Now, some of these sites have begun to assist companies with improving transparency of their trial results. For example, CenterWatch, the oldest and perhaps largest database of active clinical trials, recently launched a trial results registry service that companies have started using as an alternative to building their own registry Web site. Many companies have been comfortable posting their trials with commercial publishers, pointing to their strong reputation and wealth of experience in data management. Nonprofit and government registries have enjoyed some success, especially when focused on a specific therapeutic area. It is surprising to learn, though, that the latest data available from the National Library of Medicine (NLM) shows that less than half the number of mandated industry-sponsored trials for serious and life-threatening illnesses are currently posted on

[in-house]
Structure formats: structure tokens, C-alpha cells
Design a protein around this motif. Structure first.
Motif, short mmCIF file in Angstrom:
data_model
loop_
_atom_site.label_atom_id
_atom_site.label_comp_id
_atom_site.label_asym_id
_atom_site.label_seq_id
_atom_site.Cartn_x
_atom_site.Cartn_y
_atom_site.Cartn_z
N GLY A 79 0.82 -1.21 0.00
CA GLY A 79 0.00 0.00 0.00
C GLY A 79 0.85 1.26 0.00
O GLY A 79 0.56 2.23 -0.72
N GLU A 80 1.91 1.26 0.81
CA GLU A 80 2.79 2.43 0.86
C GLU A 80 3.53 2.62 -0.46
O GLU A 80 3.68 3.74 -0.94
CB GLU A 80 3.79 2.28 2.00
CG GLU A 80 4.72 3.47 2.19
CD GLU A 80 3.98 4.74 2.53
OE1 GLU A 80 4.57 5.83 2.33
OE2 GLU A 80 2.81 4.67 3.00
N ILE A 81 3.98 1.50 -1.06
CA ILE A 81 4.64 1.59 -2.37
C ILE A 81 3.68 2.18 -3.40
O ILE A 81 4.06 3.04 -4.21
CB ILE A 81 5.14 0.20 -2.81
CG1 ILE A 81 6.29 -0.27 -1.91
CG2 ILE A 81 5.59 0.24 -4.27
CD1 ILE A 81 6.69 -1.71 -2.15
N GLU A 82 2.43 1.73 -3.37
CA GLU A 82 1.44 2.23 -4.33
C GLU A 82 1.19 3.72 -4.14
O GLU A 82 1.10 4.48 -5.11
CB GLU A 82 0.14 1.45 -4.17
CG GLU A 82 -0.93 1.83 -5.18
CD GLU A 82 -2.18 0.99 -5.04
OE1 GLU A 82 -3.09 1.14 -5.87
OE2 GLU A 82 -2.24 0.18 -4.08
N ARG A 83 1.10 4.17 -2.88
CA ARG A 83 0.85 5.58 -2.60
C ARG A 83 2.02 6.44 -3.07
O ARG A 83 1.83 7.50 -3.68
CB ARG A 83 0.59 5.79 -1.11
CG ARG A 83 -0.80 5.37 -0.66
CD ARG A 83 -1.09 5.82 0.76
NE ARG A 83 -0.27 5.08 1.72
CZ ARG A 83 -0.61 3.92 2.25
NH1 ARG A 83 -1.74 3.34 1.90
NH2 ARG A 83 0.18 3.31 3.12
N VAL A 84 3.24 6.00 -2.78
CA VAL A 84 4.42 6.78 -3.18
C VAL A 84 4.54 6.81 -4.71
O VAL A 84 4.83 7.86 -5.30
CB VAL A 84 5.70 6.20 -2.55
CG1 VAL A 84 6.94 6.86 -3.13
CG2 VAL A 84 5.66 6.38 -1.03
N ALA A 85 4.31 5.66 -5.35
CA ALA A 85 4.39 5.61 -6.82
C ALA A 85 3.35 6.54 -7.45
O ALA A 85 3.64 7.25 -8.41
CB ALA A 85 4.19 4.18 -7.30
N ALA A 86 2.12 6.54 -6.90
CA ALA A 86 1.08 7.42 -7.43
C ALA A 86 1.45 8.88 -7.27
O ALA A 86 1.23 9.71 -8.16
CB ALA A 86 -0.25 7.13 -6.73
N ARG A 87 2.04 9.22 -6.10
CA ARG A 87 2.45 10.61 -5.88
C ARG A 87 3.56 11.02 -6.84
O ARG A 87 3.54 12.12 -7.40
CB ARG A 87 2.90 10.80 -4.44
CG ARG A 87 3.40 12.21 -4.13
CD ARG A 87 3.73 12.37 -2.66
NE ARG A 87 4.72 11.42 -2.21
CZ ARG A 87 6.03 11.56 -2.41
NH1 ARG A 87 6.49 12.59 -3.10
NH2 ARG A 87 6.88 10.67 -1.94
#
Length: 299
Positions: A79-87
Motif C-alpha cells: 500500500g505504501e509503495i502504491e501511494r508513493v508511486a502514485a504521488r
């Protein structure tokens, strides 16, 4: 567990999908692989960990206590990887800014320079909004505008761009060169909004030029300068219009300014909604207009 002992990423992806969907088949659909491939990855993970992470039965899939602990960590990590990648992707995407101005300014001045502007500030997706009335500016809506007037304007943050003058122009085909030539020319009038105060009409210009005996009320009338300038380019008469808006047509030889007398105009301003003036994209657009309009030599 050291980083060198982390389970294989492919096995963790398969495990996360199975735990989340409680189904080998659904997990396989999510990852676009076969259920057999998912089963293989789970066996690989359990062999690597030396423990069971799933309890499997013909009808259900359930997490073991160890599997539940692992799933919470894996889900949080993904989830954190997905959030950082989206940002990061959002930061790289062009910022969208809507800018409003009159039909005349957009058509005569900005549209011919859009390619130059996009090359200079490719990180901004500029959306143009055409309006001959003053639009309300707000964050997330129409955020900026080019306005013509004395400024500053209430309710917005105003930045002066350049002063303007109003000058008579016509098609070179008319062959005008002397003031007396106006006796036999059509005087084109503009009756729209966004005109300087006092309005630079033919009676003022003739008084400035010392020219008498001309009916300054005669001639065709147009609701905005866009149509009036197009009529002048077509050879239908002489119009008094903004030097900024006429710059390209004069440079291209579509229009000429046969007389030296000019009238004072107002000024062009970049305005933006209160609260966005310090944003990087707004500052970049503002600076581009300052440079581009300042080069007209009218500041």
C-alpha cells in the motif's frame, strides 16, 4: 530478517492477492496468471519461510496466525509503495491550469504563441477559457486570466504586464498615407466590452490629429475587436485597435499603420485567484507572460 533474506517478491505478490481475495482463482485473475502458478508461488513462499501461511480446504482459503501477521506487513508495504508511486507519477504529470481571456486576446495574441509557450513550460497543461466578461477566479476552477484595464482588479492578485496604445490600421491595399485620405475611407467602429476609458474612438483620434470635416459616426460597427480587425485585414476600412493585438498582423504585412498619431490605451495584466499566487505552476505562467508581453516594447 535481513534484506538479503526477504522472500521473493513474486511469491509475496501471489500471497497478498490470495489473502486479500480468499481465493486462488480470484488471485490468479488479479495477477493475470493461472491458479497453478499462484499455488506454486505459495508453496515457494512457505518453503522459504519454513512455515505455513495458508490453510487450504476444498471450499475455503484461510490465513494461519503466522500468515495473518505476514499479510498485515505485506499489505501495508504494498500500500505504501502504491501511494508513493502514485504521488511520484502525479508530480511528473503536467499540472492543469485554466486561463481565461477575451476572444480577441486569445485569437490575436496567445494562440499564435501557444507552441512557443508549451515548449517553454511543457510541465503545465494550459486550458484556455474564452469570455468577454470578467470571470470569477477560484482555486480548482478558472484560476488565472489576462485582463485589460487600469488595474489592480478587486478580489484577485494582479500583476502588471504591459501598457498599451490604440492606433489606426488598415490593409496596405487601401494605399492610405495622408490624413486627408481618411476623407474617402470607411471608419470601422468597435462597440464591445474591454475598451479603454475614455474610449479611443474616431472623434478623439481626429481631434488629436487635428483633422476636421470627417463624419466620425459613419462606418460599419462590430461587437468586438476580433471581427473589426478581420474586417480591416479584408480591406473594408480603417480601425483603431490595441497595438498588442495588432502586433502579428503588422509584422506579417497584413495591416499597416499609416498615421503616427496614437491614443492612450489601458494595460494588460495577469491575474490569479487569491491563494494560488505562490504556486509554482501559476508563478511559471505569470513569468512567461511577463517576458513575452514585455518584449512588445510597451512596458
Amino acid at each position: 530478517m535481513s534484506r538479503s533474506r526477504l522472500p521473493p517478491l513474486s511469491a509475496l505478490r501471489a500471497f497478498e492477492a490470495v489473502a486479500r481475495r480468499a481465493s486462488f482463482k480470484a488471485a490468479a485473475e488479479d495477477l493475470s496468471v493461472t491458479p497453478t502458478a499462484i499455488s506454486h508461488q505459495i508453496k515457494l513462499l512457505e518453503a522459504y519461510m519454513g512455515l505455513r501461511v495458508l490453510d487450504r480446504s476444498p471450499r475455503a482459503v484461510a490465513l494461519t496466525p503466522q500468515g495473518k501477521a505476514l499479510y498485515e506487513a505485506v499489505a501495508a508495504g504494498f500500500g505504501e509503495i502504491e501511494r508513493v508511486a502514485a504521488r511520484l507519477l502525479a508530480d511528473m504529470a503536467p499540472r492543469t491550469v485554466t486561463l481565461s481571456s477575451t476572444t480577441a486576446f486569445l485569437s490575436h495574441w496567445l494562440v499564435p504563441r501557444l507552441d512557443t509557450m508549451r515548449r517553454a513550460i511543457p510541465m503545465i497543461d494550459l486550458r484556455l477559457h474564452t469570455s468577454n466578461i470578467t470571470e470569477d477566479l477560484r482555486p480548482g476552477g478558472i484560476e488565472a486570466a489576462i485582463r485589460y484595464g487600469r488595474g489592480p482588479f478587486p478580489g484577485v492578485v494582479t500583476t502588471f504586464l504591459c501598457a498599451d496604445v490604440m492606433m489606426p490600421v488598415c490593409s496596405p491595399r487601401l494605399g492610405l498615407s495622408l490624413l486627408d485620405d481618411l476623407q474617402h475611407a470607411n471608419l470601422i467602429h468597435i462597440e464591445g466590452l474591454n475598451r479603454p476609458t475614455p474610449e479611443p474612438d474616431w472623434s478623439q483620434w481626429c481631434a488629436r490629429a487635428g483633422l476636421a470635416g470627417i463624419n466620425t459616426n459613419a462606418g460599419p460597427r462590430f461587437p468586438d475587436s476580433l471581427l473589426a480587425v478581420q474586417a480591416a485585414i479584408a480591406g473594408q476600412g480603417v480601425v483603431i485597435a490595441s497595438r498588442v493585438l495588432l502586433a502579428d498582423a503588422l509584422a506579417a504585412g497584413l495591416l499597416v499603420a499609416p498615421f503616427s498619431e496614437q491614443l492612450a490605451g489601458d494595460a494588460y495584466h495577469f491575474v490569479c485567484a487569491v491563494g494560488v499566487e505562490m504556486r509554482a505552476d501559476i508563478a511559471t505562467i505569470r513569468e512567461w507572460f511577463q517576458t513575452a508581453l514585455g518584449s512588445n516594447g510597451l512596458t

The NLM did a tremendous job in creating an online resource that has had a positive impact in raising awareness about clinical research and making clinical trials information available to more people. The Web site is easy to find, easy to use, and includes powerful search tools and smart indices. However, the issue is whether this solution works any better than the pre-existing ones. Given the enormous dollars spent, the impressive amount of regulation supporting it, the length of time that has passed since it was created, and the disappointing level of industry compliance, it has not worked as intended.

What went wrong? It depends upon whom you ask. Many believe the reasons revolve around the sharing of intellectual property. Within protocol and result listings, a significant level of detail is required about the clinical trial. Most biopharmaceutical companies are not comfortable disclosing detailed trial data. Many of them feel that the required information goes far beyond the intended purpose of providing patients and their physicians with some basic information about the study.